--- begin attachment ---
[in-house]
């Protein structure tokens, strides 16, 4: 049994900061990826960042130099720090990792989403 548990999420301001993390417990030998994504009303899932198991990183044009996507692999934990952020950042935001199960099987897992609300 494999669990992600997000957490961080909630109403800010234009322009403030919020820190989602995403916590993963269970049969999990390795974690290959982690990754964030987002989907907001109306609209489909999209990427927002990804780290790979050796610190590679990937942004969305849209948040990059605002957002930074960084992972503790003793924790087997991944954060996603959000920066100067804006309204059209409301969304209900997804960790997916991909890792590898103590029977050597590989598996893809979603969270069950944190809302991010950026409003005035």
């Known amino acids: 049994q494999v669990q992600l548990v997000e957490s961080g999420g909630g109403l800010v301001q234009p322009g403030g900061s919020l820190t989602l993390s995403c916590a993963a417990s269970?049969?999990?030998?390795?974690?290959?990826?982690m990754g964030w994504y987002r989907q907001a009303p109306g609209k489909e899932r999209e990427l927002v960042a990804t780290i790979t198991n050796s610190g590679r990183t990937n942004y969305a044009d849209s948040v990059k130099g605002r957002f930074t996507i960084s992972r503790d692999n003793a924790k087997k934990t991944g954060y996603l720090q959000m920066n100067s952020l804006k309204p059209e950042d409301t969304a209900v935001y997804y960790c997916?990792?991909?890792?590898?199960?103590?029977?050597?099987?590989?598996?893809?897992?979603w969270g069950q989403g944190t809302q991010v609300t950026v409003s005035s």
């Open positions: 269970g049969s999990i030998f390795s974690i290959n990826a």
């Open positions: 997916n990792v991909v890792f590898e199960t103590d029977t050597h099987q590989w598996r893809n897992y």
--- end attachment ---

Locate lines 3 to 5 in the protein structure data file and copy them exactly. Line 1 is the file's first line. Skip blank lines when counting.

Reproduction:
């Known amino acids: 049994q494999v669990q992600l548990v997000e957490s961080g999420g909630g109403l800010v301001q234009p322009g403030g900061s919020l820190t989602l993390s995403c916590a993963a417990s269970?049969?999990?030998?390795?974690?290959?990826?982690m990754g964030w994504y987002r989907q907001a009303p109306g609209k489909e899932r999209e990427l927002v960042a990804t780290i790979t198991n050796s610190g590679r990183t990937n942004y969305a044009d849209s948040v990059k130099g605002r957002f930074t996507i960084s992972r503790d692999n003793a924790k087997k934990t991944g954060y996603l720090q959000m920066n100067s952020l804006k309204p059209e950042d409301t969304a209900v935001y997804y960790c997916?990792?991909?890792?590898?199960?103590?029977?050597?099987?590989?598996?893809?897992?979603w969270g069950q989403g944190t809302q991010v609300t950026v409003s005035s």
């Open positions: 269970g049969s999990i030998f390795s974690i290959n990826a």
């Open positions: 997916n990792v991909v890792f590898e199960t103590d029977t050597h099987q590989w598996r893809n897992y």